How To Recover From a Professional Setback

Screenshot 2016-01-22 21.58.30A few days ago, I asked my Instagram community if they’ve ever had a blow up or emotional meltdown at work and what they did to overcome it. Often times we work so hard to carefully develop our personal brand and then BAM, just like that one incident can threaten to undo all the progress we made up to that point. Although there was consensus that issues will and do arise over the course of one’s career, there were differing opinions as to how to move past these issues.

We know professional curve balls are inevitable, but they don’t have to wreak havoc on your reputation and personal brand.

Related: The Truth About Personal Brand

 

Read on for 3 classy ways to recover from a professional setback with your career in tact.

Admit you made a mistake.  Whether you’ve just had a blow up with a colleague in front of everyone {including your boss}, burst into a puddle of tears at a meeting, or sent a confidential email to the wrong person, mistakes happen.  It’s one of the the side effects of being human. Own up to your error and avoid being defensive.  Although there may be consequences for the mistake, the outcome is almost never career ending if you take responsibility for what you’ve done.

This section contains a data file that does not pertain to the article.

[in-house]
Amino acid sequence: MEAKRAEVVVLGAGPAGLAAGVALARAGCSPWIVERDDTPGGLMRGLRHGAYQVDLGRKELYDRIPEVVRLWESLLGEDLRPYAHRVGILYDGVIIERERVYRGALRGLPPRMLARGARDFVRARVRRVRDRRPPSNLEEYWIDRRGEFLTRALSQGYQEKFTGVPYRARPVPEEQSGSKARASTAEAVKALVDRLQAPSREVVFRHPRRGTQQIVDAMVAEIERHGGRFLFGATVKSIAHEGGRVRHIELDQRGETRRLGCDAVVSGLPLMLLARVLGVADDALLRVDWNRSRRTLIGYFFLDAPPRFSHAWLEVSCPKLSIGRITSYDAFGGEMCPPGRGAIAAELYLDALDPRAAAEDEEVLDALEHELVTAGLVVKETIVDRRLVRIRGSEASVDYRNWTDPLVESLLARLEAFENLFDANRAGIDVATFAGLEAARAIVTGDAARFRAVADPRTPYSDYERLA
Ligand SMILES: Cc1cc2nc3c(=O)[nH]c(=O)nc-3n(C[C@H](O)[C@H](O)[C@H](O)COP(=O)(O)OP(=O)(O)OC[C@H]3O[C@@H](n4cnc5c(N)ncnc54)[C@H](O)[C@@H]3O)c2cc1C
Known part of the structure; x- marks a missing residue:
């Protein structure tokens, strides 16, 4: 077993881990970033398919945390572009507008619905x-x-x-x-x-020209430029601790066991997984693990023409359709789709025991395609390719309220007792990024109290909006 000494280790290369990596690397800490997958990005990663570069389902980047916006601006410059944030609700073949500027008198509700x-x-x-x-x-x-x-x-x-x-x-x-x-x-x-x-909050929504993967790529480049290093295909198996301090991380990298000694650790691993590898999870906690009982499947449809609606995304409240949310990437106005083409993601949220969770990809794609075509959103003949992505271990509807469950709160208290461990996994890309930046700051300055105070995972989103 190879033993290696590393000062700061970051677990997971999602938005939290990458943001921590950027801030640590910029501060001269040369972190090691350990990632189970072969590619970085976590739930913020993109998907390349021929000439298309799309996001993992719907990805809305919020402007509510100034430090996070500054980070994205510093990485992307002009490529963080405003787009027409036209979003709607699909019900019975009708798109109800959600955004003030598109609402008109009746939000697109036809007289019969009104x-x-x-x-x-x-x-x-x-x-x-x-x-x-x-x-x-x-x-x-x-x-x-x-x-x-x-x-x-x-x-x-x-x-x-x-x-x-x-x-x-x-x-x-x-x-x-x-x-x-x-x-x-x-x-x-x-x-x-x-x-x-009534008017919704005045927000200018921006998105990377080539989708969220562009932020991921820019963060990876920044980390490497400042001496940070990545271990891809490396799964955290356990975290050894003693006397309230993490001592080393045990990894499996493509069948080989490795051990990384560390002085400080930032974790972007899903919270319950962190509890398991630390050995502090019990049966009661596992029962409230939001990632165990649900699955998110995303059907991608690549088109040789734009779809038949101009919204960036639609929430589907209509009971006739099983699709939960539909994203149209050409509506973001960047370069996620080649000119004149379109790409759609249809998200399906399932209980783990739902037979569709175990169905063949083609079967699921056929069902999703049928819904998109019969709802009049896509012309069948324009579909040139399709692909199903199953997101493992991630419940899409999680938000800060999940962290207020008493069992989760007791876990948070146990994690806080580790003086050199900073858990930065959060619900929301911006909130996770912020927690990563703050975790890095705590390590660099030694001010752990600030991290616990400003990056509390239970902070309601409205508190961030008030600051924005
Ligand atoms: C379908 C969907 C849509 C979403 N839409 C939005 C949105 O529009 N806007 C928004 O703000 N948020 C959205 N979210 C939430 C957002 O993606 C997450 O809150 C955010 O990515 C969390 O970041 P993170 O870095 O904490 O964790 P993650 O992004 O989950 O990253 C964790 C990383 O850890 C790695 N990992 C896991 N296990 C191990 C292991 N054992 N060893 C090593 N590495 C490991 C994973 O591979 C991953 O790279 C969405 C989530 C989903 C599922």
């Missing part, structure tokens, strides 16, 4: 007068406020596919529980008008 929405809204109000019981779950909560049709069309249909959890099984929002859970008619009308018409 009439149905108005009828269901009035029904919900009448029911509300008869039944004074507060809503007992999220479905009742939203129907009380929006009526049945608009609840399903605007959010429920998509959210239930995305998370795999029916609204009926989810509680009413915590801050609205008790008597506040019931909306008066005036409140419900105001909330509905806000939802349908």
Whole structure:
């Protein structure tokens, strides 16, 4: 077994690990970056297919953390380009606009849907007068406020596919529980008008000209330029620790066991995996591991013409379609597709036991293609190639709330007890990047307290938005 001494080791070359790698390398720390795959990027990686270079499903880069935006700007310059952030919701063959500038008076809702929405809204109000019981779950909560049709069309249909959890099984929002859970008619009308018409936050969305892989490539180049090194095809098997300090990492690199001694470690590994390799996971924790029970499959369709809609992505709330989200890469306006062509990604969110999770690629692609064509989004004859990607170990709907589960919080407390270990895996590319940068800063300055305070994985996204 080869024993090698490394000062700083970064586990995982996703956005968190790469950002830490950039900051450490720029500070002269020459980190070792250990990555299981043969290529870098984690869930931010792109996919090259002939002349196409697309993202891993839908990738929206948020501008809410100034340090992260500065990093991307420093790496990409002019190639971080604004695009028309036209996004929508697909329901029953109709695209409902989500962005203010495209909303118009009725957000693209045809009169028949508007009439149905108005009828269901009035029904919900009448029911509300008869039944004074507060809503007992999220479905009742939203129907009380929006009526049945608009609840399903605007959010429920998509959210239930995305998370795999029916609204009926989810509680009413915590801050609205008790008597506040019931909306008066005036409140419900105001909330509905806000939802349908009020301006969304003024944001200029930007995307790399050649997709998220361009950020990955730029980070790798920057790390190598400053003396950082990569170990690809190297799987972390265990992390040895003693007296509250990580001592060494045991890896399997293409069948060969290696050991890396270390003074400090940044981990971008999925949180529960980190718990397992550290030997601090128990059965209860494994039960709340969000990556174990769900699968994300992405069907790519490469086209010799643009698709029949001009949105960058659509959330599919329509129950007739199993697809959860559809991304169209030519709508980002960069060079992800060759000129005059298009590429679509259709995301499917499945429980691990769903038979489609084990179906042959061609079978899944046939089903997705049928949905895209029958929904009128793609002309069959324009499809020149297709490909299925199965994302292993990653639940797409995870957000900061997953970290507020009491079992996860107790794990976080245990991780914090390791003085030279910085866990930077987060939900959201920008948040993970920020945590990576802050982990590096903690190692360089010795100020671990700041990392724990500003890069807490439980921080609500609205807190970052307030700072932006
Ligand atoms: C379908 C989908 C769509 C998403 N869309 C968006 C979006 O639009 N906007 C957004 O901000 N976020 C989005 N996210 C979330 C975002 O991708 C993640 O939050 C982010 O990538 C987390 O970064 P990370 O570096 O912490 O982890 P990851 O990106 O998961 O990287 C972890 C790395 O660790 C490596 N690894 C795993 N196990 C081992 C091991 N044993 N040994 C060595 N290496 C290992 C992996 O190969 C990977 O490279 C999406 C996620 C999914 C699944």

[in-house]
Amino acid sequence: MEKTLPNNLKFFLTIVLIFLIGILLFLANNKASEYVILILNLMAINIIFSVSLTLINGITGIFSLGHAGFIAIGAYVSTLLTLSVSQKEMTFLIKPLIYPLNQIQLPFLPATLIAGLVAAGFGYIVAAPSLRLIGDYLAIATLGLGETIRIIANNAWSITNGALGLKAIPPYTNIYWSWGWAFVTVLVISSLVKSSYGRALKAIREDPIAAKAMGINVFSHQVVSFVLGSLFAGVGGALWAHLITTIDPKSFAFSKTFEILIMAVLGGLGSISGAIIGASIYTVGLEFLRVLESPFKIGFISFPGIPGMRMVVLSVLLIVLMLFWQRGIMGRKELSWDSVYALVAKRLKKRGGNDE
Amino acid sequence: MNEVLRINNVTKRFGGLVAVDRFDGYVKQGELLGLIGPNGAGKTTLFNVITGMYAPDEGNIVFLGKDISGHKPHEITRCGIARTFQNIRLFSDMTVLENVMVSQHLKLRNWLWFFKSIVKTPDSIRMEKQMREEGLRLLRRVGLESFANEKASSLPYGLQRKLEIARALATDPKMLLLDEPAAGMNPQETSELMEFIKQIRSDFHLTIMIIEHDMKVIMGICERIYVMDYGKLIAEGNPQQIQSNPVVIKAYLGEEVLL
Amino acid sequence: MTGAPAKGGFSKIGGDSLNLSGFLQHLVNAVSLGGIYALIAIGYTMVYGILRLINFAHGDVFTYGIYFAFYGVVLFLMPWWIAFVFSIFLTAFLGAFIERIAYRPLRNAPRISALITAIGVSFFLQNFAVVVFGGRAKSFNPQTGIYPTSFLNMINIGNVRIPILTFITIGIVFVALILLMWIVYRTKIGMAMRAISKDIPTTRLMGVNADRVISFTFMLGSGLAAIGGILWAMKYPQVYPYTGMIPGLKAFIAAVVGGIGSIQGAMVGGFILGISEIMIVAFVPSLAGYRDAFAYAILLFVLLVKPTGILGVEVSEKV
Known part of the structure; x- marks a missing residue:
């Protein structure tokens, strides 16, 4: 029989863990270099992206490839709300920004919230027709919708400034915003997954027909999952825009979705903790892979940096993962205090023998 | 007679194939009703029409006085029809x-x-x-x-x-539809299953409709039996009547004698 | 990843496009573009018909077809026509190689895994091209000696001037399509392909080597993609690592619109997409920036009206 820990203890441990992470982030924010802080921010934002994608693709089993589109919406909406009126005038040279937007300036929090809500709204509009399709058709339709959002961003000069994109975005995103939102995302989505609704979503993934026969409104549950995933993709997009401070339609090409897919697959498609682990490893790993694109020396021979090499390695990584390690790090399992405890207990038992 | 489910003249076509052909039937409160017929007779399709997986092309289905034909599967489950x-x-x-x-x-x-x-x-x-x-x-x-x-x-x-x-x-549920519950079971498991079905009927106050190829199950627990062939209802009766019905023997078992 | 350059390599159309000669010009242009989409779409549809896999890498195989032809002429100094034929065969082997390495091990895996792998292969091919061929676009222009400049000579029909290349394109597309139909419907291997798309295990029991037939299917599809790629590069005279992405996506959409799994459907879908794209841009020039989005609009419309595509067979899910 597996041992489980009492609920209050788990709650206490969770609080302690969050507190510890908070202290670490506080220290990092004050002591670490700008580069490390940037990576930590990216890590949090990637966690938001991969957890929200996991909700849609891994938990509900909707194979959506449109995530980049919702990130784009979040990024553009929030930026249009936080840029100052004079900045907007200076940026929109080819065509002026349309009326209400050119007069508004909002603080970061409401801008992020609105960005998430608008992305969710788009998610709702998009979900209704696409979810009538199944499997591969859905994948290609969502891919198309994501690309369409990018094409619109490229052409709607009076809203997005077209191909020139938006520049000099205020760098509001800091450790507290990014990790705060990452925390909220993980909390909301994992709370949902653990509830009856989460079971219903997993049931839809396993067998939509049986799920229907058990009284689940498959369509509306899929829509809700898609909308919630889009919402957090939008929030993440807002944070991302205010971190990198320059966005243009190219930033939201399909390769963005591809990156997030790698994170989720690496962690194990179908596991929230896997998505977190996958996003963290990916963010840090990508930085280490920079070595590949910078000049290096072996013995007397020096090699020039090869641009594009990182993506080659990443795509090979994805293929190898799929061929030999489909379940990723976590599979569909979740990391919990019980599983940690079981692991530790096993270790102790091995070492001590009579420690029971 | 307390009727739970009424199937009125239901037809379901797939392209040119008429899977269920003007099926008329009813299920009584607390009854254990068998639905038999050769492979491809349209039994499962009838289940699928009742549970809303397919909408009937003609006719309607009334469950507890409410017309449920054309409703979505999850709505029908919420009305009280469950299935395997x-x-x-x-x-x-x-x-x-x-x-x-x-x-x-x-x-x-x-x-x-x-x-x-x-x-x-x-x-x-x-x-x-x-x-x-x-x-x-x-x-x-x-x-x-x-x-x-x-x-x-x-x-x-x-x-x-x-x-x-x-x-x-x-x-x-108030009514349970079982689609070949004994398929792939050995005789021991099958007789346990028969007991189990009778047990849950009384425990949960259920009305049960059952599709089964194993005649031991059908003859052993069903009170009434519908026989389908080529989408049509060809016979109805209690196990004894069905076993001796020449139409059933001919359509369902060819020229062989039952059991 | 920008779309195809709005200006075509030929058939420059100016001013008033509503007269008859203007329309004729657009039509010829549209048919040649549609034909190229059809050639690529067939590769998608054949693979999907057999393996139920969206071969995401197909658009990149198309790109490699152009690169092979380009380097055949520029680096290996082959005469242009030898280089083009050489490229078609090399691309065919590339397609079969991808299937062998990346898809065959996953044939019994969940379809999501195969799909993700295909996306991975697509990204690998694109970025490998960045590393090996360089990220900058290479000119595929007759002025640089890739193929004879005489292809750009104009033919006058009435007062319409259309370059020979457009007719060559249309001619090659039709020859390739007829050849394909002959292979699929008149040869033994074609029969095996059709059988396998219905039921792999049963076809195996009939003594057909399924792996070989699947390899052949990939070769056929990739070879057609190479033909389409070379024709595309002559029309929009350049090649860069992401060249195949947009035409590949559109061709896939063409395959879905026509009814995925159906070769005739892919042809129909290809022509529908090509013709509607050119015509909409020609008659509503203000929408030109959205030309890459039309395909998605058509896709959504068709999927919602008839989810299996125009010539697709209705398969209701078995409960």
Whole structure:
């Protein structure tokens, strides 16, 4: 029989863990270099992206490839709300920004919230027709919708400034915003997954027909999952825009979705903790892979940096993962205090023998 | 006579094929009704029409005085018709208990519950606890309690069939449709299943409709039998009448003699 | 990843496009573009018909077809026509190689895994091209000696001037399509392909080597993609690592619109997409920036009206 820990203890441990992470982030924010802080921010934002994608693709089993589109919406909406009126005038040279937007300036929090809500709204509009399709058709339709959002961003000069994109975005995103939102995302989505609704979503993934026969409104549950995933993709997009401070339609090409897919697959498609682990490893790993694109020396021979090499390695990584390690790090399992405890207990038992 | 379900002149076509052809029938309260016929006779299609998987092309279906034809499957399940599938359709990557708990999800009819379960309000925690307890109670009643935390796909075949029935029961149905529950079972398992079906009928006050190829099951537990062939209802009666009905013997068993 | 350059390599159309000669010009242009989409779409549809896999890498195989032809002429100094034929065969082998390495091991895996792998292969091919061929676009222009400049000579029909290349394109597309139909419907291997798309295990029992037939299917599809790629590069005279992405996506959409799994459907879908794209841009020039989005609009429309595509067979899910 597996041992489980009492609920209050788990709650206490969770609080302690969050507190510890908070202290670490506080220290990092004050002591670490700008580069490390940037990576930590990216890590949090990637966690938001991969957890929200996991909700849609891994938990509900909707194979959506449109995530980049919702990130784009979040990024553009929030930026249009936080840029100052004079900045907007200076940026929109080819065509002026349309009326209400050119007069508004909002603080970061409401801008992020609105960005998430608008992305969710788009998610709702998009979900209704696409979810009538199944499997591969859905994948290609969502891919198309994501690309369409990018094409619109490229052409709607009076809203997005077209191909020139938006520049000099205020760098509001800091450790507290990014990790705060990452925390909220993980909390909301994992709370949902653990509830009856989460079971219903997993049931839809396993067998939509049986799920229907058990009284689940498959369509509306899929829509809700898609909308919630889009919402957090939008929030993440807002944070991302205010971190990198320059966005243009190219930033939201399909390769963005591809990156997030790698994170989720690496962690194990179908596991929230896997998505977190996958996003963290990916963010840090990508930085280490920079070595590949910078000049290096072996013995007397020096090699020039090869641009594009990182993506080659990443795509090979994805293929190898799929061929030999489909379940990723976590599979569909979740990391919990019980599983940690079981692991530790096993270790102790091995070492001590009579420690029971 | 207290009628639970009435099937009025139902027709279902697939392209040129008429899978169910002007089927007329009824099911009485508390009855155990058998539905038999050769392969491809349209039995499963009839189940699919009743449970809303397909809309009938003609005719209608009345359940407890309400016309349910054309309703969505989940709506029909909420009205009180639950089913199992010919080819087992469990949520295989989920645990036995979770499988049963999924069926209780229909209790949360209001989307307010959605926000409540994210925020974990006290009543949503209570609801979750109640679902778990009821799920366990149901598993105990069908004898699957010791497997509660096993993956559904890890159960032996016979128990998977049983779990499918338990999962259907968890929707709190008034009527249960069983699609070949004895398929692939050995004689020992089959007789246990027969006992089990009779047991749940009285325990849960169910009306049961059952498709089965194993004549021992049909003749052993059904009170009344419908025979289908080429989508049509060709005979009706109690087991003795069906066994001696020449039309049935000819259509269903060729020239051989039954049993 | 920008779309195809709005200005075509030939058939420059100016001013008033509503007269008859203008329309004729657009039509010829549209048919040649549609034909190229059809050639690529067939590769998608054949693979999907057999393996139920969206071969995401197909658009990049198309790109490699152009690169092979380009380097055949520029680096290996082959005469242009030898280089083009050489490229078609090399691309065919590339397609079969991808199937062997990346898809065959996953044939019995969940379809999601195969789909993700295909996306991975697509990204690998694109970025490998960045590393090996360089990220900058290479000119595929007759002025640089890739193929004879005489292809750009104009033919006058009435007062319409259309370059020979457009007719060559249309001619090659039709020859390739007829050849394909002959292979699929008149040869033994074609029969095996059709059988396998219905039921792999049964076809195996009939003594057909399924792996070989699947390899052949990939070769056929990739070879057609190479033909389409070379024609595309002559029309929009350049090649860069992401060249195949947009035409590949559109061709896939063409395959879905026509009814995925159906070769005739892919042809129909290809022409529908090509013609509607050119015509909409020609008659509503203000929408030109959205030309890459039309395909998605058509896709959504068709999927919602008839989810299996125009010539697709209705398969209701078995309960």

Be solutions oriented.  Another way to move past your mistake is to have a solution {or solutions} to the problem.  Just yelled at your cubicle-mate?  Draft your apology.  Gave your client the wrong metrics? Call them to explain the mistake and assure them you will send the correct figures over right away.  Nine times out of ten, as long as you’ve escalated to your boss and provided a list of possible solutions, you will have the support you need to move on.

Create a revised plan. Although mistakes are unavoidable, it doesn’t mean they are easily forgettable.  You will have to adjust your moves in order to remind people of your brand and work ethic.  As part of your process of resolving the issue, come up with a strategy that shows you are deliberately working on making sure the mistake does not happen again.  Sign up for conflict resolution training.  Delete the auto-fill feature when inputting email recipients’ names.  Create a double check process before submitting any final numbers.  Once your boss sees that you’ve not only fixed the original mistake, but are doing your part to ensure it doesn’t happen again, it won’t be long before all is forgotten.

At the end of the day, it’s not making a mistake that is detrimental to our career, instead it’s how we recover from that mistake.  Use these tips the next time you find yourself in the midst of a career crisis.

Dorianne

 

 

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